by Daniel Parker, RDPFS Intern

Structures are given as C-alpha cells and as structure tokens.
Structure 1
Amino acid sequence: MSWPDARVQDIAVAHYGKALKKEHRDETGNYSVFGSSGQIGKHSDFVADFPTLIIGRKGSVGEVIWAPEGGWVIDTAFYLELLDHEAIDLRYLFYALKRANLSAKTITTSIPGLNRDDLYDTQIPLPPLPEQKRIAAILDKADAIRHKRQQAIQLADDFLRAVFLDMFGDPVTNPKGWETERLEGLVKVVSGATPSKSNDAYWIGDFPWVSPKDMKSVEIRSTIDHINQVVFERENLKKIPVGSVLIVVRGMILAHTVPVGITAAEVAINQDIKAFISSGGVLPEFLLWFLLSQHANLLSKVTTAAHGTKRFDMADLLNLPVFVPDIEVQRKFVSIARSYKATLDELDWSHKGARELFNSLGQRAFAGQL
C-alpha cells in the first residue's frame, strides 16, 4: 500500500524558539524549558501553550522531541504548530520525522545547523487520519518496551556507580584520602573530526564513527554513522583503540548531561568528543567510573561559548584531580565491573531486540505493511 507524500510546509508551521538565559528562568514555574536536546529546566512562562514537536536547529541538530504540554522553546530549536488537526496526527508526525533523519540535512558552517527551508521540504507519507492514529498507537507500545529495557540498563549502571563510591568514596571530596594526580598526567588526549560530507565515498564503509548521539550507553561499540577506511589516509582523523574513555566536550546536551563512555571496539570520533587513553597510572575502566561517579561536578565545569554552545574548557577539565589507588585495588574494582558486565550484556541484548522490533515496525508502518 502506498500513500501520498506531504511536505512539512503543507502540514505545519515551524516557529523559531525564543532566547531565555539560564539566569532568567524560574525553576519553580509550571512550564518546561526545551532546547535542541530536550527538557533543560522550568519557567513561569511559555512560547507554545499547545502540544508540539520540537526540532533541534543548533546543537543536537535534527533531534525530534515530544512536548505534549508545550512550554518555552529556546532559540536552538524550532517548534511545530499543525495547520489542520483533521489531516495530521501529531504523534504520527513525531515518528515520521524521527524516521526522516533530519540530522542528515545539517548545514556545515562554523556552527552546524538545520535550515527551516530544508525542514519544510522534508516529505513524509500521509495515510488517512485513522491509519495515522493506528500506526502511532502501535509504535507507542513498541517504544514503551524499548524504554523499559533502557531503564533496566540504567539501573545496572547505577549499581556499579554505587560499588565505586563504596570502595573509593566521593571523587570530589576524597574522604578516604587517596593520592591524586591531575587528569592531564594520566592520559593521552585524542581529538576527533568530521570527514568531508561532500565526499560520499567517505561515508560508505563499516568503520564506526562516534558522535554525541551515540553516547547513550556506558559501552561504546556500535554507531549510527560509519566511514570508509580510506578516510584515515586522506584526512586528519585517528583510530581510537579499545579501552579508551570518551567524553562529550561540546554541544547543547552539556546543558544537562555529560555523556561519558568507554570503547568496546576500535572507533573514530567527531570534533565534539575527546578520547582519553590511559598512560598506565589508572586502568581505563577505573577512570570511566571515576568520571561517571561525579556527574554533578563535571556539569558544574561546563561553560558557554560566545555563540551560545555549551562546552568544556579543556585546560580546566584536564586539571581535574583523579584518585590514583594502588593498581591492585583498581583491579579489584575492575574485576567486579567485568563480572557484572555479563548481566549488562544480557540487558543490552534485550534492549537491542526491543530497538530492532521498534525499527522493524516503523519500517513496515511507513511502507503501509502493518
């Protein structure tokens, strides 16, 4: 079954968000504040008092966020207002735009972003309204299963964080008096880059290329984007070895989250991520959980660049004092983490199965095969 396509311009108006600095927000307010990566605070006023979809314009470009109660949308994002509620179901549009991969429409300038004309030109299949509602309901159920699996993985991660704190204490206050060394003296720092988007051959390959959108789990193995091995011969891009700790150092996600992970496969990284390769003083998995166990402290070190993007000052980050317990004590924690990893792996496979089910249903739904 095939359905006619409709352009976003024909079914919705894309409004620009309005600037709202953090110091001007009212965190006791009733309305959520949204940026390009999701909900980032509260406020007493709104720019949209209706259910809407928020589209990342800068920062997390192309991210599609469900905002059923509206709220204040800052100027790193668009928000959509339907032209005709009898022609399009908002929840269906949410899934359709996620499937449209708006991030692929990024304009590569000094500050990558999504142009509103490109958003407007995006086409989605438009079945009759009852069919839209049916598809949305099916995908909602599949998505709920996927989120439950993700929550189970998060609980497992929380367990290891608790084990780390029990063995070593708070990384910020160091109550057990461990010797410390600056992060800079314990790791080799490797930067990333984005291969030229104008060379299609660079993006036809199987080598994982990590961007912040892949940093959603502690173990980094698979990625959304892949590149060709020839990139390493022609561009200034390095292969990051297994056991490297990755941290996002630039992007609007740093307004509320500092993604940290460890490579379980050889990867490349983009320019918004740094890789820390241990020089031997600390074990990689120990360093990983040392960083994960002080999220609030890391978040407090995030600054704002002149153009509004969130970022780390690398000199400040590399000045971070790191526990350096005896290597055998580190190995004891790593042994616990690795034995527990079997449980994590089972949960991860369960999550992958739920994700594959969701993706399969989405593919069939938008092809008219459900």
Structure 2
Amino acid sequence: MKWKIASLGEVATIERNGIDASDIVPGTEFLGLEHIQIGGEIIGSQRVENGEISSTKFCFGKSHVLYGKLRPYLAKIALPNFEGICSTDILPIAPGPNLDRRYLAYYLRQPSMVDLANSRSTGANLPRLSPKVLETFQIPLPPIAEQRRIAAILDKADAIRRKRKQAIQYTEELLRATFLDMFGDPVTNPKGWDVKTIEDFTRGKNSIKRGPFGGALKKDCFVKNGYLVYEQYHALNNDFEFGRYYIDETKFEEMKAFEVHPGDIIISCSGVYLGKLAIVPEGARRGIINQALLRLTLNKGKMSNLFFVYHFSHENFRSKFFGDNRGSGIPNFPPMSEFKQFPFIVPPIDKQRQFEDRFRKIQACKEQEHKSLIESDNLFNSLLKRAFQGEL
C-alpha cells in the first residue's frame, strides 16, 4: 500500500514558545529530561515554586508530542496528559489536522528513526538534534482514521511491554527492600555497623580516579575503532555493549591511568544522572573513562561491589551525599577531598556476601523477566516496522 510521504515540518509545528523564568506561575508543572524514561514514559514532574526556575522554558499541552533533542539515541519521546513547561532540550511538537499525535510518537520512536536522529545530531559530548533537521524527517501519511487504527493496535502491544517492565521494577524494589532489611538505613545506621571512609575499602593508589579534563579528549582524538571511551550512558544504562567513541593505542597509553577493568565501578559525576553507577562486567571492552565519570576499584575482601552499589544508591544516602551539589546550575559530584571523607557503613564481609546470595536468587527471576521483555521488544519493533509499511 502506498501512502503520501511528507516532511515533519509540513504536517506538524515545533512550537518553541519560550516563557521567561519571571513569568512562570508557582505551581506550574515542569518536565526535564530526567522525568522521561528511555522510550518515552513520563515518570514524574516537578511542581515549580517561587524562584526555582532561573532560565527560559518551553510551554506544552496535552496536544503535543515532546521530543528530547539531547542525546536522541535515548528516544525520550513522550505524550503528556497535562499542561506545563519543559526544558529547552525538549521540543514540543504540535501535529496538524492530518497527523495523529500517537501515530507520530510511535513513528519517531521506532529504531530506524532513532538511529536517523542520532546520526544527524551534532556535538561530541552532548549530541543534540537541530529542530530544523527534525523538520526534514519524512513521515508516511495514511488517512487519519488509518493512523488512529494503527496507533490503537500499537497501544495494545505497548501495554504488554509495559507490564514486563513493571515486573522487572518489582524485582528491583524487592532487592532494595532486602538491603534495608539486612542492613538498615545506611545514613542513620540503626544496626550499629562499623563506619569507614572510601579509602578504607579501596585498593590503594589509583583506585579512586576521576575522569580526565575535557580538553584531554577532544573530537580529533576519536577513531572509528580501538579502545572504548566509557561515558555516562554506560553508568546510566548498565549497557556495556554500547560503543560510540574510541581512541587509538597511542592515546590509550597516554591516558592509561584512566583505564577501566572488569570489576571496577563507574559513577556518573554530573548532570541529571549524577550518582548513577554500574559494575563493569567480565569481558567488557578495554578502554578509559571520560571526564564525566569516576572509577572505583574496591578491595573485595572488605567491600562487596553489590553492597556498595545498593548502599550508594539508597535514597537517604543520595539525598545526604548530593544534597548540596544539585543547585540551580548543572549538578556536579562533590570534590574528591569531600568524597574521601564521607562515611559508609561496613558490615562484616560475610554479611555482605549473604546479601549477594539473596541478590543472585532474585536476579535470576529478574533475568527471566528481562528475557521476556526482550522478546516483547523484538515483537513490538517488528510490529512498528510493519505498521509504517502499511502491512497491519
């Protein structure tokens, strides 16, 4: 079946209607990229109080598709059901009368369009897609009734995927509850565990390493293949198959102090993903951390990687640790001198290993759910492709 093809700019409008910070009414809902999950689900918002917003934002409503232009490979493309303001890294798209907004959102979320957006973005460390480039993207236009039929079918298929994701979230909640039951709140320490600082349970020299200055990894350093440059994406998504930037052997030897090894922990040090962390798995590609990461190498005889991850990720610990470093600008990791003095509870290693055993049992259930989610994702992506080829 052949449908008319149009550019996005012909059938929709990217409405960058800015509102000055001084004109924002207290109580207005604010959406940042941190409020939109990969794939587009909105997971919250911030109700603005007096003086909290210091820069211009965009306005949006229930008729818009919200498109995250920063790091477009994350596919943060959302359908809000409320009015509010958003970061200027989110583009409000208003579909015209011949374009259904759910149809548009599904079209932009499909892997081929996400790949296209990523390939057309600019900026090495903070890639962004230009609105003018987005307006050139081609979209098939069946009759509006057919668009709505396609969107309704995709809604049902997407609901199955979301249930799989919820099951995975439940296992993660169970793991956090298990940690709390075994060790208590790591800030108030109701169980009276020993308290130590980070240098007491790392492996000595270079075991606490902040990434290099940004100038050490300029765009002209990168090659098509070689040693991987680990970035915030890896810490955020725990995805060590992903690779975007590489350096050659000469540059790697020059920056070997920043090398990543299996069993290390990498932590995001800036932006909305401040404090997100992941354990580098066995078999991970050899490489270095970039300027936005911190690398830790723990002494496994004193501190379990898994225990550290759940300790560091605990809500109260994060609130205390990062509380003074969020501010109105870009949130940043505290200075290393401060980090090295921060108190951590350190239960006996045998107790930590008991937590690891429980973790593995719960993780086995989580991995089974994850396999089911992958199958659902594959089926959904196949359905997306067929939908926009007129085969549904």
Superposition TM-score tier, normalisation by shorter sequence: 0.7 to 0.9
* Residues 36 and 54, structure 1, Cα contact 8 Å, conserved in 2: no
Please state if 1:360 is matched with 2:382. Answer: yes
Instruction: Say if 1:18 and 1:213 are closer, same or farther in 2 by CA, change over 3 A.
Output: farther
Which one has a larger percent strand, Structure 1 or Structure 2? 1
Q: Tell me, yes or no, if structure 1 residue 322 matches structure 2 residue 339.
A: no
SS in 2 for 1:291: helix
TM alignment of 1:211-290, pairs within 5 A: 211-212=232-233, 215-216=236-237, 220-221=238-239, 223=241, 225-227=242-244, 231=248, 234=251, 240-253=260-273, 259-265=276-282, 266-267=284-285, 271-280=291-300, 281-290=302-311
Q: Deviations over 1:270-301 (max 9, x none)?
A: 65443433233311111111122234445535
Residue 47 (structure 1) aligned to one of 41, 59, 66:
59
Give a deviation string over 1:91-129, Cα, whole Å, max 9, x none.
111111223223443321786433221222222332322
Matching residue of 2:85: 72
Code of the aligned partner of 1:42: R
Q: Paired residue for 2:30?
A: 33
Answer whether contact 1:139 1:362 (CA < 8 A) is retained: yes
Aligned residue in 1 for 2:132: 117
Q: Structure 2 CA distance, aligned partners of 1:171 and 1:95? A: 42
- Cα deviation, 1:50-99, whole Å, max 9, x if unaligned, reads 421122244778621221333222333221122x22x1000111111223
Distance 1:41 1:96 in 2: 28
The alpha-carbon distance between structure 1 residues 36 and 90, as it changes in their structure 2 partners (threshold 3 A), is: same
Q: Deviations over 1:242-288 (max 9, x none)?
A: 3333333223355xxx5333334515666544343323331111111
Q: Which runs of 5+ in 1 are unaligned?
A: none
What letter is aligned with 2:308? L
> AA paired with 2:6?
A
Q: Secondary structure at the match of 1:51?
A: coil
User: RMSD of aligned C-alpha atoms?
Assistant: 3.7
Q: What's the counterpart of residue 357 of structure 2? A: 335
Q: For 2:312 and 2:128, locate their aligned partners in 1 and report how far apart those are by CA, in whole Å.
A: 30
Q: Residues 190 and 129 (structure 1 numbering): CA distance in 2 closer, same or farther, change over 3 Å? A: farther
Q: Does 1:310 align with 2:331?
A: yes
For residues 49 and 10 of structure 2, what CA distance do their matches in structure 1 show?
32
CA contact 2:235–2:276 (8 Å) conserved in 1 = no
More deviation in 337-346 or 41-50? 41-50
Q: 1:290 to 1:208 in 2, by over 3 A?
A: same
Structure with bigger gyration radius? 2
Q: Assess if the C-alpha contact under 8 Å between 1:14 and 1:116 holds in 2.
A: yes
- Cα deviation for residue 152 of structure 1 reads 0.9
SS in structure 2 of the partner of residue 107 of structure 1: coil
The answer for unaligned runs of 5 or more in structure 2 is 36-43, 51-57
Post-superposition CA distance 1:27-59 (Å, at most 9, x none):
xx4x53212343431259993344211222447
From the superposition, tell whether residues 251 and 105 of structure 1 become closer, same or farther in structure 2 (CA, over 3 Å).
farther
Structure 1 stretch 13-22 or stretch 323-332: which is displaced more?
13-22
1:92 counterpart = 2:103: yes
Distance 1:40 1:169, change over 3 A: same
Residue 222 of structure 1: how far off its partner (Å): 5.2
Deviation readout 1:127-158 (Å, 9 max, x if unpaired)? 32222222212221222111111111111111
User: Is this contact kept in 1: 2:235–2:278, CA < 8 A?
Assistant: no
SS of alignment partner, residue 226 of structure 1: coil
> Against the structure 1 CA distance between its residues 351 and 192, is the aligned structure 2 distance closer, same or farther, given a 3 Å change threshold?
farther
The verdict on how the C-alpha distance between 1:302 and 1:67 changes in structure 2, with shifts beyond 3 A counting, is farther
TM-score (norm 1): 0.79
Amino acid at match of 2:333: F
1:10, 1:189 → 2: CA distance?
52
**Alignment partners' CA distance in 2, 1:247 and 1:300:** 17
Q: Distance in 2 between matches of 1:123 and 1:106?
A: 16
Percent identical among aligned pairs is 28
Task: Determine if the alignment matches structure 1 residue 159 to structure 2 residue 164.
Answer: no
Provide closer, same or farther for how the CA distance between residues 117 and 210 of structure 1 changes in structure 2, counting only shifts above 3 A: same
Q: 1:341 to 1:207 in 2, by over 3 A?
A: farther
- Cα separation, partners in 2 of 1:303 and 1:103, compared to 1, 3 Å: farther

Even for those people with vision loss who are not particularly athletic, tandem cycling is a popular pastime. It involves two people riding a tandem bicycle, which is basically two bicycles mounted on one long frame. The blind person sits on the back of the bike, with their handlebars locked in place, as they play no part in steering. The person in this position is known as the stoker. The front person, called the captain or pilot, is responsible for steering as well as calling out directions and instructions to the stoker. The tandem community is served by many organizations and clubs on the local and national level. Tandem is covered by the U.S. Association of Blind Athletes (USABA), whose tandem website covers several aspects of the sport, including an annual training camp held at the U.S. Olympic & Paralympic Training Center in Colorado Springs. Readers familiar with this Bulletin’s coverage of Camp Abilities may be aware that the camp has provided tandem instruction for several years. In addition, the Tandem Club of America, founded in 1976, is a forum for tandem enthusiasts across the country to connect and share tips, experiences, and more. The Club publishes the DoubleTalk blog and maintains a comprehensive resources page with lists of builders, dealers, state clubs, and general maintenance tips, among others. An example of a local organization is InTandem Bike in New York City, which holds evening and weekend rides in Central Park, participates in the city’s Five-Borough Bike Tour, and convenes bigger events such as a planned 2023 ride across the Mario Cuomo Bridge. Bicycling Blind also has a list of organizations by state, and Tandem Cycle Works hosts a tandem events page discussing noteworthy and interesting tandem tours in the U.S. and destinations around the world.